HC Deb 22 June 1943 vol 390 cc1086-90
Mr. Storey (Sunderland)

I beg to move, in page 2, line 38, to leave out Sub-section (3).

Apart from the fact that I believe the retention of this Sub-section would cause the Secretary of State to fail in his intention to protect Scotland from what he called the sub-standard nurses—for if, as I understand is the intention, there is to be complete reciprocity between England and Scotland, there is the possibility that English assistant nurses who start training five years after the Bill has become an Act will still be able to go to Scotland and work there—my main reason for moving the Amendment is that I feel that it would be a mistake to stop the training of assistant nurses in five years' time. With all respect to the Alness Committee, the Debate on the English Bill showed, I think, that there is work that assistant nurses can do, and that our health services and hospital services need them. That need with the development which we expect in our National Health and hospital services is not likely to be less in five years' time.

My chief objection is that I think the inclusion of the Sub-section would close a valuable recruiting source for candidates for the State Register. The County of Essex has proved that it is possible to take women who are not fitted at the time for training for the State Register and, by a proper system of education and training, not only to fit them to be assistant nurses but to fit a fair proportion of them to be able to take the full training for the State Register. It would be a mistake to close this source of recruiting to a profession which needs many recruits. I hope that the Secretary of State will agree to accept the Amendment and will concentrate on seeing that there is a proper system of training and education which will enable many assistant nurses to go on and accept the full training for the State Register.

Mr. Linstead (Putney)

I support what has just been said. There seems to have been a difference of opinion between two committees which were set up to consider the position of nurses in Scotland, as to the number of assistant nurses available in that country. The Black Committee, which preceded the Alness Committee, found that there was a substantial number of assistant nurses in Scotland. After allowing for the State registered and the student nurses, the Black figures indicated that some 2,500 assistant nurses existed in Scotland at that time. The Alness Committee were able to find only 250. As a further check upon the numbers, there are the figures which were found when the Civil Nursing Reserve was set up in Scotland. There were then something like 2,500 assistant nurses. It appears from this that the Black figure was right and the Alness figure an under-estimate.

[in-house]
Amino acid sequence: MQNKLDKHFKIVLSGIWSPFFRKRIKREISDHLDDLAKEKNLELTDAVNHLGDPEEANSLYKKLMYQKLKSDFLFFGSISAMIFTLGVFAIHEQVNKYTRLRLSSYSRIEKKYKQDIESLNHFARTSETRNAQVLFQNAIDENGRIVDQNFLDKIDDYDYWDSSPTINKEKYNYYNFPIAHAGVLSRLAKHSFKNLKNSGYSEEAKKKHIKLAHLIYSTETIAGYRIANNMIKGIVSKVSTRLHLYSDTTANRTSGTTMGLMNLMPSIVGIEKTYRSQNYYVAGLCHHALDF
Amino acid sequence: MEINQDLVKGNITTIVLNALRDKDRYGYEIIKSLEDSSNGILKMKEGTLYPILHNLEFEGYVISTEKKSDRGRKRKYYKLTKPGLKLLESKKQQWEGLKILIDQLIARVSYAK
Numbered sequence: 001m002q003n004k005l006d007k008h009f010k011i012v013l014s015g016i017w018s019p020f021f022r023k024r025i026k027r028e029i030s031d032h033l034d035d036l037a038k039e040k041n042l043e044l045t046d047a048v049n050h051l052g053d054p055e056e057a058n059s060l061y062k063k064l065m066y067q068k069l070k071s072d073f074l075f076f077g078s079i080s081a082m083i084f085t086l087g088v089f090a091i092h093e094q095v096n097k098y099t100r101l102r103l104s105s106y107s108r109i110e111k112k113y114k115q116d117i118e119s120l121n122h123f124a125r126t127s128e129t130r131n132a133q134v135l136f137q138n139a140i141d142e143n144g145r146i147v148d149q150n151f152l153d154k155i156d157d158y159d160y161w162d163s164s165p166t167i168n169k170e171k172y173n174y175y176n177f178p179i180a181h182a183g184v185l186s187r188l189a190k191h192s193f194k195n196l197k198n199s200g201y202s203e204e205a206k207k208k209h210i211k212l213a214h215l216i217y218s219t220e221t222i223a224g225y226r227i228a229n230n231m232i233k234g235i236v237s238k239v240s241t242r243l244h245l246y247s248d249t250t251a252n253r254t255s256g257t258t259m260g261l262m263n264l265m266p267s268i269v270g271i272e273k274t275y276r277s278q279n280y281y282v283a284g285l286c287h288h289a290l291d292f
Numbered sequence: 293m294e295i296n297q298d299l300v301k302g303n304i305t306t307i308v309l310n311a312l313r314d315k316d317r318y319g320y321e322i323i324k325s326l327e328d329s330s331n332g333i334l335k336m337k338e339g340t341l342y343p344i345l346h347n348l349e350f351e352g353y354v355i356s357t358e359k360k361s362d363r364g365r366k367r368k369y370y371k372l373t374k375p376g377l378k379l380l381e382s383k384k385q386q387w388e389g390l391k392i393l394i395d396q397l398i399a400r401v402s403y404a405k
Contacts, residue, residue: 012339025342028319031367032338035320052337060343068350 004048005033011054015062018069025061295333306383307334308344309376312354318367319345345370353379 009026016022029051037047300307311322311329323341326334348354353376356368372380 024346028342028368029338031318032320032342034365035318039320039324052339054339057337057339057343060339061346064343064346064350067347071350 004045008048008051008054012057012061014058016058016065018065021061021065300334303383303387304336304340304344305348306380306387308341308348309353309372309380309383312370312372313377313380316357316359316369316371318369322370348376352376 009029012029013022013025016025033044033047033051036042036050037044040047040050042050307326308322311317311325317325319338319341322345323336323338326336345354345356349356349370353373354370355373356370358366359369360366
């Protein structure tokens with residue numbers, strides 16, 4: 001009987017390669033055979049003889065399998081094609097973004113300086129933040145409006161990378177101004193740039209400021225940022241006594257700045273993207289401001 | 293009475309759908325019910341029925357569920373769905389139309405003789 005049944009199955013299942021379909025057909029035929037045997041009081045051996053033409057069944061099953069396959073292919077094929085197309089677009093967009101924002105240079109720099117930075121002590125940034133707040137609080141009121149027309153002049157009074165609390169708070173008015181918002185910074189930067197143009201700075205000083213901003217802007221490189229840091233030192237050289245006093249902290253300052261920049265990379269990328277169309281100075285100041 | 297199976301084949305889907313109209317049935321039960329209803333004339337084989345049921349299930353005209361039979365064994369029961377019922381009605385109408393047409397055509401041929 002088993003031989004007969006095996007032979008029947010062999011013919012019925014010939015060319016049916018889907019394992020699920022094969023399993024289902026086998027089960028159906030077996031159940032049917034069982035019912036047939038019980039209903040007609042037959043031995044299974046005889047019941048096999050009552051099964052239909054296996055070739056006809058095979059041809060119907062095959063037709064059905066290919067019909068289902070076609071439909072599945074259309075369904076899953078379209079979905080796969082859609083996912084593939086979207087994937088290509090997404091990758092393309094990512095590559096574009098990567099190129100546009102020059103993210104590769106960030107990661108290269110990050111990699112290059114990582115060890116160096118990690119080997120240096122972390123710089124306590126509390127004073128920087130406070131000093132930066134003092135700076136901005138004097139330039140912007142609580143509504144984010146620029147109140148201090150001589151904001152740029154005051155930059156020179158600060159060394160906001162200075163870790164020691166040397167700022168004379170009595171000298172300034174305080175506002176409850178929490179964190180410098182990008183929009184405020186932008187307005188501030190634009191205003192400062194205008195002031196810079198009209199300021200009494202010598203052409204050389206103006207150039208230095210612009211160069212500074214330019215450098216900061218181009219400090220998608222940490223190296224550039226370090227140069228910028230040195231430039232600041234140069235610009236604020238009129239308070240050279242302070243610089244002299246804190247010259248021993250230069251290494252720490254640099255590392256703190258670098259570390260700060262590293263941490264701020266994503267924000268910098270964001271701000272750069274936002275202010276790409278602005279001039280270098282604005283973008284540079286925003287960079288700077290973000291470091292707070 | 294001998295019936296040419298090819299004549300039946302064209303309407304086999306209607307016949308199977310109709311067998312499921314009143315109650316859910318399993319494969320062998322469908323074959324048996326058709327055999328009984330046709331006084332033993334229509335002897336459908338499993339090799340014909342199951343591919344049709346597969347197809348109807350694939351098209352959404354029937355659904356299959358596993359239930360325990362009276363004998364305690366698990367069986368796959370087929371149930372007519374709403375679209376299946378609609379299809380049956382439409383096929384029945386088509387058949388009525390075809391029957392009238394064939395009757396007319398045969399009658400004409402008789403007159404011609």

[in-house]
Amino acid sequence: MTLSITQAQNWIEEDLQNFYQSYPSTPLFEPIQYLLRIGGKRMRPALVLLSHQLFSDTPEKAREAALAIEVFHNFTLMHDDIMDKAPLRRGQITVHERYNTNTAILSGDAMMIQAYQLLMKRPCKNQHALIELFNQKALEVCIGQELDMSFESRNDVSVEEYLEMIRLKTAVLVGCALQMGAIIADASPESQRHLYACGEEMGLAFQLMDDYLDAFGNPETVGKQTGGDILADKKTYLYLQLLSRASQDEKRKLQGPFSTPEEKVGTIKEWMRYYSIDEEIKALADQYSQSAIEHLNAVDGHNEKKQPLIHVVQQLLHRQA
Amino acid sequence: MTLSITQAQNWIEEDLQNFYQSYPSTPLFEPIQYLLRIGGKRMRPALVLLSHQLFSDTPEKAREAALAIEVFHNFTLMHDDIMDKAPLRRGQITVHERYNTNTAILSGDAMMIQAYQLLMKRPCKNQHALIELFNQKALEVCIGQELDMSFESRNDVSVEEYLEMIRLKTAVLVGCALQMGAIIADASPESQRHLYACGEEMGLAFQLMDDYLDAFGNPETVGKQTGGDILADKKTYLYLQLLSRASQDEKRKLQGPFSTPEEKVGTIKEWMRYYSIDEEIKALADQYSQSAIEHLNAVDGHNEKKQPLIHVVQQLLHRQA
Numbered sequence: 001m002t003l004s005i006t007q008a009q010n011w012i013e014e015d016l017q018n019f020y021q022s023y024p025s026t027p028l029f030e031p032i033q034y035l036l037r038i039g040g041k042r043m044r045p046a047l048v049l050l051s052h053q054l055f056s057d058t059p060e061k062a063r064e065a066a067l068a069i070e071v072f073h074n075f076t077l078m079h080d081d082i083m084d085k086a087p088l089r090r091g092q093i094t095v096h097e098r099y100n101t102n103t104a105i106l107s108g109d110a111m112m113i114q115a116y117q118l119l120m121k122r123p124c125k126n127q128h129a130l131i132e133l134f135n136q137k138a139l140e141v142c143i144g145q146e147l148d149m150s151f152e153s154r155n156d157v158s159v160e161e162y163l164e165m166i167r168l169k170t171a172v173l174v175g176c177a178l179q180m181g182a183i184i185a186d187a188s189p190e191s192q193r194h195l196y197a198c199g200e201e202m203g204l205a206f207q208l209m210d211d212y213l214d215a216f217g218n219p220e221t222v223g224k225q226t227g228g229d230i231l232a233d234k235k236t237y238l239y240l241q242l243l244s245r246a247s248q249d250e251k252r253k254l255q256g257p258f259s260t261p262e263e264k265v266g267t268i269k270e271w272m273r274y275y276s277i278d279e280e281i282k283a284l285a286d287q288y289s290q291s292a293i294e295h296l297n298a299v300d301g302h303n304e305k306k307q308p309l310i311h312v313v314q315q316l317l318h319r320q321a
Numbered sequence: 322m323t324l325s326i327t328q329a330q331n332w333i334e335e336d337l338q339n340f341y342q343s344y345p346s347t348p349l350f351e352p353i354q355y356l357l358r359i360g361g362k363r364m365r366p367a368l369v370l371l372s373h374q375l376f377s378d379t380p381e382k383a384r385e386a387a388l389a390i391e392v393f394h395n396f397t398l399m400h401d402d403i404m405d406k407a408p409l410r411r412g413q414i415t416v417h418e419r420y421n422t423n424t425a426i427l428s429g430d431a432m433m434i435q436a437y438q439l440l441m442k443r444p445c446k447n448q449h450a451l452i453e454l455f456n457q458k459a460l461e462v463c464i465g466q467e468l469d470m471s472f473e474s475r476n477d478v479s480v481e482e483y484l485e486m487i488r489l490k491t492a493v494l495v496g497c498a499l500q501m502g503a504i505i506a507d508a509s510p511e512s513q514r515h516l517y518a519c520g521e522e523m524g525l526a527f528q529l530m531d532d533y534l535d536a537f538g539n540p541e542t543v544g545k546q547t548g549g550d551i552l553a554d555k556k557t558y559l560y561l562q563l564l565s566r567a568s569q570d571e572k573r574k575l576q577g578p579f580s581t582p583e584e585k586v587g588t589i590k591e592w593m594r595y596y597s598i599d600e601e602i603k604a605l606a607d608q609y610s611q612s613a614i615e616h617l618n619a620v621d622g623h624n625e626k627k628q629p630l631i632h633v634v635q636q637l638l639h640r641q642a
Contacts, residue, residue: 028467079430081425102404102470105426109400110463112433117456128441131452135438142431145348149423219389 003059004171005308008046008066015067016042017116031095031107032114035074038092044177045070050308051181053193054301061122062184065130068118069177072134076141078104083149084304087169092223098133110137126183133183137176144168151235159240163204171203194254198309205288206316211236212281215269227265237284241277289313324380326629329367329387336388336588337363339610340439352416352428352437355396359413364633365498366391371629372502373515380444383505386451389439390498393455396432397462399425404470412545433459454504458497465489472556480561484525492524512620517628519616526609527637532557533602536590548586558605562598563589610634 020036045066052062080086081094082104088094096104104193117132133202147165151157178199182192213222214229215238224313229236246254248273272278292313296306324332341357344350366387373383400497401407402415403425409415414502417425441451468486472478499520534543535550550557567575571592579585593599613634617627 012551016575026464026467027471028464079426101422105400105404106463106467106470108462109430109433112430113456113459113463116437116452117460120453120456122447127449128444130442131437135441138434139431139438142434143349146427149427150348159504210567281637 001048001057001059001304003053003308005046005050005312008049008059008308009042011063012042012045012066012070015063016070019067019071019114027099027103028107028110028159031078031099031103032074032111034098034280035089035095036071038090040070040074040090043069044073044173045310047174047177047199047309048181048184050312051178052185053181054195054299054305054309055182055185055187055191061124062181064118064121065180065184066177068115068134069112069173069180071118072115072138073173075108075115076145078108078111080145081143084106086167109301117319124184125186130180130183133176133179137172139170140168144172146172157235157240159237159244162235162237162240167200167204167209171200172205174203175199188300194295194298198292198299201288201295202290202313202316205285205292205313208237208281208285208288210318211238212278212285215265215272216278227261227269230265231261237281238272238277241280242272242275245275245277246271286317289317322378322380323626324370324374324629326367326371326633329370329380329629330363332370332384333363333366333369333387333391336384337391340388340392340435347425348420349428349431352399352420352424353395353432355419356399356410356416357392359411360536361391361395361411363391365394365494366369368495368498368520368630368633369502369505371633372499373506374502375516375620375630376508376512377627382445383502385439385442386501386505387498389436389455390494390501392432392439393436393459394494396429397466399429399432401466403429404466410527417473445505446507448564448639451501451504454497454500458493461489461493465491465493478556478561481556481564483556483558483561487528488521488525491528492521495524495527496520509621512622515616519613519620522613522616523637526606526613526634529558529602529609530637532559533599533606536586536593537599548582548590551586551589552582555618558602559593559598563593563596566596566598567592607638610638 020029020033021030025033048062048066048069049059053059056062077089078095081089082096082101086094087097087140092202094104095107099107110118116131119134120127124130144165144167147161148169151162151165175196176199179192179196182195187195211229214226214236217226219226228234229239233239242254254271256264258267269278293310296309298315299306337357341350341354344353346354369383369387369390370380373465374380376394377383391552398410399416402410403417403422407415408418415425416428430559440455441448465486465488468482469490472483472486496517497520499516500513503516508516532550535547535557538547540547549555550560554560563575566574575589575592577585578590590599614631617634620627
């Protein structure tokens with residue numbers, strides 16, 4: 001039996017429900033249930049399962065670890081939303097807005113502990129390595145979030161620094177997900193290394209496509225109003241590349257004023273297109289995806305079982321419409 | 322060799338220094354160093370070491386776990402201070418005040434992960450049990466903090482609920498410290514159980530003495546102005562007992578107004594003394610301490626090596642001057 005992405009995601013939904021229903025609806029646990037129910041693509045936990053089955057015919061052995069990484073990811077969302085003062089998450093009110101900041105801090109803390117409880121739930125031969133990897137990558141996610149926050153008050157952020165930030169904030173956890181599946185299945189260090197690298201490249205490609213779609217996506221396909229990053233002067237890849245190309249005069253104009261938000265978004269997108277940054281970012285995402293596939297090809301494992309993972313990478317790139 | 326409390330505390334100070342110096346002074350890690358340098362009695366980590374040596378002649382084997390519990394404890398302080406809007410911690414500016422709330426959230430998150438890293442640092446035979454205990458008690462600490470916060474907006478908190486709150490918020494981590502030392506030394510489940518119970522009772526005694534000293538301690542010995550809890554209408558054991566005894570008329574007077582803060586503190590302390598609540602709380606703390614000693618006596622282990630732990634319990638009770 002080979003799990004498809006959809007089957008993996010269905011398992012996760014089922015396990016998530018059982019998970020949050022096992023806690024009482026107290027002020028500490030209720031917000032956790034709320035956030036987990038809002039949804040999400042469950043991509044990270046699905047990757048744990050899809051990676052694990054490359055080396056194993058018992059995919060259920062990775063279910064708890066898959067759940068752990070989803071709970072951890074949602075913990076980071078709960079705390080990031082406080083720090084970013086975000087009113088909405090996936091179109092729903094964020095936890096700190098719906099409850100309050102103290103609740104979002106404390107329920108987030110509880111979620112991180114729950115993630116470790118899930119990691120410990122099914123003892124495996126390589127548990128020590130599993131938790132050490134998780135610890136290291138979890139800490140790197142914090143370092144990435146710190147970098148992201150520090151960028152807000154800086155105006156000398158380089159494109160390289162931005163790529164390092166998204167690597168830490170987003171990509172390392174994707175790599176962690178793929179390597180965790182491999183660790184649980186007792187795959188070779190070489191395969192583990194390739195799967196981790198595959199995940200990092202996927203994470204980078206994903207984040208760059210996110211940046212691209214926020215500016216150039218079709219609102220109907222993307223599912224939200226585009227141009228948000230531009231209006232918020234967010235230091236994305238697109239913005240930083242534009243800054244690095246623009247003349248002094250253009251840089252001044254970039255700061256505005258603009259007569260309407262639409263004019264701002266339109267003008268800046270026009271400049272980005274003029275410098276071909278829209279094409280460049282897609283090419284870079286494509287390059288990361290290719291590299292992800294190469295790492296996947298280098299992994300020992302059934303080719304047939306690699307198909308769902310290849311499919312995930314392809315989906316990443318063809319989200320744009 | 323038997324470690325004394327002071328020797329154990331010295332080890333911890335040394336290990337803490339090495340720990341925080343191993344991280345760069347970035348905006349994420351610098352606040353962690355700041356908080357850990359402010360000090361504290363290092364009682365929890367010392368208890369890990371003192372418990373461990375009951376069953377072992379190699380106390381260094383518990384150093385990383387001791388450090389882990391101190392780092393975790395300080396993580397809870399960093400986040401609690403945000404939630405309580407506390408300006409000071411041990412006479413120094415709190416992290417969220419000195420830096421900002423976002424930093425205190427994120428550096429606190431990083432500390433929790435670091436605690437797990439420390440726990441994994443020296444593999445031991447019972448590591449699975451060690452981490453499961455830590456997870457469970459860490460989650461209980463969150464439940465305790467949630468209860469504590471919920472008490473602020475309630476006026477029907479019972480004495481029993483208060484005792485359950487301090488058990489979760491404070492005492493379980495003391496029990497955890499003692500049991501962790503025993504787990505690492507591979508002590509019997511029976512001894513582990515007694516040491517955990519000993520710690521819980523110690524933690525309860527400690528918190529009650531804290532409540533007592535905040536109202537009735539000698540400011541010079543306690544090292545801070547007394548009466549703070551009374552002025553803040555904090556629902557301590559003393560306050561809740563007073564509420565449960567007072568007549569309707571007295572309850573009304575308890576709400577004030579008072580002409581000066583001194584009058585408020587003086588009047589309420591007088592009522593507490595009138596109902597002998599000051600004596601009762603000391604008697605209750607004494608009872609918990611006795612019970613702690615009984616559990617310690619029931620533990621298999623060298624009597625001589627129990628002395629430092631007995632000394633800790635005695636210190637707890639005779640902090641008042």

If that is true, we are likely to find that, although there are no more entrants, after five years there will still be a demand for assistant nurses and that the demand will be filled either by immigration from England or by the appointment of women by hospitals without their being enrolled or registered, simply because they are needed. For this reason it seems desirable that the door should be kept open after the five years' period. I hope that the Secretary of State will find it possible to give further thought to the actual wording of the Sub-section. I have not found in any other Act of Parliament the phrase: unless Parliament shall hereafter otherwise determine. That suggests that the rest of the Bill is not capable of amendment by this House and that this is the only Clause which Parliament may amend.

I would also draw attention to the fact that the Sub-section refers to training of persons for admission to be enrolled. In fact, training is not sufficient for that purpose. Training and examination are needed, as is clear from the subsequent Amendment which my hon. Friend has upon the Paper. It seems that the wording should be looked at again. I hope that the Secretary of State will find it possible to omit the period of five years and to take power himself to close the door if he finds it necessary. We should not close the door five years before we know whether it will be necessary to do so, and I hope that some alteration may be made in this Clause at the Report stage.

Mrs. Hardie (Glasgow, Springburn)